A street vendor mixes sugar for dalgona over a flame in Episode 3 of Squid Game

One of the reasons that dalgona is so beloved is because it takes no time to make, combining ingredients most people already have at home. Its main ingredient is sugar, melted until it’s caramelized on the stove, and with the right amount of baking soda added, the resulting reaction creates an airy, crispy candy that’s both beautiful to look at and tasty to eat.

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After removing it from the stove, it’s usually poured with a ladle onto parchment paper to cool, and then broken up into chunks by hand or, for an easy on the go snack, has a stick placed into it while it hardens (like a lollipop).

4 It’s Part Of A Difficult Tik-Tok Challenge

A contestant tries to cut out an umbrella shape during the dalgona challenge in Squid Game

Just like in Squid Game, anyone trying to cut out the fun shapes stamped into dalgona will find that it’s no easy task. Using a toothpick, needle, or another thin tool, even trying to trace the point of a star becomes incredibly difficult. That’s why Sang-woo’s deceit at the start of the game, which left his friends woefully unprepared, was one of the worst things he did throughout Squid Game.

The “dalgona challenge” has swept Tik-Tok, with users trying their hand at replicating the competition from the series. When they fail, a clip of a red guard wielding a machine-gun flashes across the screen, signaling their “elimination”.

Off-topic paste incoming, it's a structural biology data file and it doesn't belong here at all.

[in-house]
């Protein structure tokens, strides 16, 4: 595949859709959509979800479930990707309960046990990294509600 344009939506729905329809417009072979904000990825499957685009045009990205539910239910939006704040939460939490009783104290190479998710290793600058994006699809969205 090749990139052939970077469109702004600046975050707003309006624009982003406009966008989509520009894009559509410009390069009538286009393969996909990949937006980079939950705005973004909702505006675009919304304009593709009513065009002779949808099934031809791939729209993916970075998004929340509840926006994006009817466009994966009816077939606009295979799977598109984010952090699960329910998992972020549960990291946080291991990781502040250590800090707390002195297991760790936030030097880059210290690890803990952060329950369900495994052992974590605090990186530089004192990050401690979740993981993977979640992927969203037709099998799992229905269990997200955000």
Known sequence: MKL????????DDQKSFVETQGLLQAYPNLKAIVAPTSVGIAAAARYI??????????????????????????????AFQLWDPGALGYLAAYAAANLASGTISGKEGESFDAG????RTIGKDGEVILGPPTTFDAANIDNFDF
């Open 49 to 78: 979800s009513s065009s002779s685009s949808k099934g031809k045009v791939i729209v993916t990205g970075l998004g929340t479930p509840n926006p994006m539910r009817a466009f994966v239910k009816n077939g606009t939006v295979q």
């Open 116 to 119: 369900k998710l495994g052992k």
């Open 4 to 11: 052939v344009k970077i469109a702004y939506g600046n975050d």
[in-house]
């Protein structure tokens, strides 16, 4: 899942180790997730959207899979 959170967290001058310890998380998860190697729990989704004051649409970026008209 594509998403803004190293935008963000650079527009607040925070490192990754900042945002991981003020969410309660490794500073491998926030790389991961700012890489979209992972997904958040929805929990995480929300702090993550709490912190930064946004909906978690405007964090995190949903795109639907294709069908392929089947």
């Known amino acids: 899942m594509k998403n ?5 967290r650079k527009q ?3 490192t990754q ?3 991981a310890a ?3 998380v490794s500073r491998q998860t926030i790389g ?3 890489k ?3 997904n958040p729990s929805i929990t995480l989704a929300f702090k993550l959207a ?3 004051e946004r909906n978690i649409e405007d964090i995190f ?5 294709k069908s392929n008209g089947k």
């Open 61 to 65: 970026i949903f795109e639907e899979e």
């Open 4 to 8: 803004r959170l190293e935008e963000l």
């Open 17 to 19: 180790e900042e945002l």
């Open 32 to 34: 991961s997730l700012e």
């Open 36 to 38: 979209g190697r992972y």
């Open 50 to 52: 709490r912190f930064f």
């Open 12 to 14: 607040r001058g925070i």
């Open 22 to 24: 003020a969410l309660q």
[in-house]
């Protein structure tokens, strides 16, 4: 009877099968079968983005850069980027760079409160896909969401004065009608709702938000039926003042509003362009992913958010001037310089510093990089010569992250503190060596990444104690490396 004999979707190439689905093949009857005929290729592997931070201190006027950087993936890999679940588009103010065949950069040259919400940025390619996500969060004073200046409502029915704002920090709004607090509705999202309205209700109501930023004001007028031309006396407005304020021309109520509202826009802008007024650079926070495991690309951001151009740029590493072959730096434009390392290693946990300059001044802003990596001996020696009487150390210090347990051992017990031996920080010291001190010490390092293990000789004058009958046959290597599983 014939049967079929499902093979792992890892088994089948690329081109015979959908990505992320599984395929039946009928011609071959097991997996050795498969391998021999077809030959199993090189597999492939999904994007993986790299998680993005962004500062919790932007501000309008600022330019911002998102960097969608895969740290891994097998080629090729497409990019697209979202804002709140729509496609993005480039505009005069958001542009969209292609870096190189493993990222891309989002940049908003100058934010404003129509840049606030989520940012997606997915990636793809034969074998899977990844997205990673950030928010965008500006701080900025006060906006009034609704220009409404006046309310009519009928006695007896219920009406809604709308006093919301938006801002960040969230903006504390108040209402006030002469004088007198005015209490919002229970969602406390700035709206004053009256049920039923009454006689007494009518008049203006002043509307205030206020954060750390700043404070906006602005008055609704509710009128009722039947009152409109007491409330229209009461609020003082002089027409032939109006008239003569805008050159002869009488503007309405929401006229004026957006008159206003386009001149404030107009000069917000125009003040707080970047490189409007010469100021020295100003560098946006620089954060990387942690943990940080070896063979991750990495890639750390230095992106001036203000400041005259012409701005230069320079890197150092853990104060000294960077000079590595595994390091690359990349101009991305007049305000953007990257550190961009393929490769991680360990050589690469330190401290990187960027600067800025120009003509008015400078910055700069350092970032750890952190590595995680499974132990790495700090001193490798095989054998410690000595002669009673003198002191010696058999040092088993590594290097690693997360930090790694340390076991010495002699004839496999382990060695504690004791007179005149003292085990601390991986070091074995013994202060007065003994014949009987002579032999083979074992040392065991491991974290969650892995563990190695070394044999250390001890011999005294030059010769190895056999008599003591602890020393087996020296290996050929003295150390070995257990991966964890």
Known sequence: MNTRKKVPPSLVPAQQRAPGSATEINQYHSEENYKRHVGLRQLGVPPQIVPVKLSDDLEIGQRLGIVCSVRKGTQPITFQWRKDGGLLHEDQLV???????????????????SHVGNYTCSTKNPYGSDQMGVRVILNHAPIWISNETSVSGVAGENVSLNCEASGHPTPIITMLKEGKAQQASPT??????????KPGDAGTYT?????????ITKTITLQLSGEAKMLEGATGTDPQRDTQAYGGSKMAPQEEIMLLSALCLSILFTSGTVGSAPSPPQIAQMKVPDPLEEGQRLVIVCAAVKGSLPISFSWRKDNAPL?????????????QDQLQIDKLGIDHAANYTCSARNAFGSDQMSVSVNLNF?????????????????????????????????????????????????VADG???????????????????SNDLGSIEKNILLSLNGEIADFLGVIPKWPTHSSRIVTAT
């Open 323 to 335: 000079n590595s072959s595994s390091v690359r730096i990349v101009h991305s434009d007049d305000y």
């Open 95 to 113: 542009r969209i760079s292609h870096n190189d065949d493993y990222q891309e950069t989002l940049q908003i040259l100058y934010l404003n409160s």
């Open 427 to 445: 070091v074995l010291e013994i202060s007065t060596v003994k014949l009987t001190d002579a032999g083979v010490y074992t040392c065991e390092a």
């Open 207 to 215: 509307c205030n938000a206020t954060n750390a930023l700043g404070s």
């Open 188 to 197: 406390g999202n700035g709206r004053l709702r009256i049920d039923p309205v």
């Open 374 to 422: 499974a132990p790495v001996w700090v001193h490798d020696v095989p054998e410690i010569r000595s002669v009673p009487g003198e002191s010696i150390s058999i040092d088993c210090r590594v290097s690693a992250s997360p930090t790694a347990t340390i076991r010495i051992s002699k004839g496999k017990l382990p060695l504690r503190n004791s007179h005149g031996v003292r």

3 The Cast Can’t Even Perform The Challenge Successfully

According to the cast of Squid Game themselves, it’s nearly impossible to successfully break out the shape because of the brittle nature of the sugar, but thanks to having performed the stressful sequence in the third episode they learned a few tricks, including the one that Seong Gi-hun uses to release his incredibly complicated umbrella.

In a challenge for Men’s Health, four members of the Squid Game cast (Including Wi Ha-jun who played officer Hwang Jun-ho, Kim Joo-yreong who played Han Mi-nyeo, Jung HoYeon who played Jang Sae-byeok, and Anupam Tripath who played Ali Abdul) tried to cut out their shapes while talking about the process of filming the dalgona challenge episode, proving just how difficult it is.

2 It’s Found All Over The World

Seong gi-hun (Lee Jung-jae) opening up his dalguna in Squid Game

Dalgona might be very popular in South Korea, but some version of it can be found all over the world. In New Zealand, sugar and baking soda are combined with a little corn syrup to make a honeycomb treat called “hokey pokey” that’s thicker than dalgona and cut into cubes. In Hungary, it’s known as “Turkish honey” and sold at fairs. In Japan, it’s known as karumeyaki, and like dalgona, is sold by street vendors.

When it’s covered in chocolate, it forms the basis for the Crunchie bar in Britain, or in Australia, the Violet Crumble. It can be customized in myriad ways to reflect the country or region where everyone enjoys the crunchy, caramelly snack.

1 It’s Sometimes A Coffee

A cup of whipped dalgona coffee

Prior to the craze over dalgona candy, the internet fell in love with dalgona coffee, which is made by combining instant coffee mix, powdered sugar, and hot water together until it forms a whipped mixture that can be dolloped onto hot or cold milk.

The whipped, caramel-colored topping floating on the drink looks a lot like the dalgona cookie, and it even has a similar taste, but to create the crunch, crumbs of biscuits or sugar crystals can be added on top.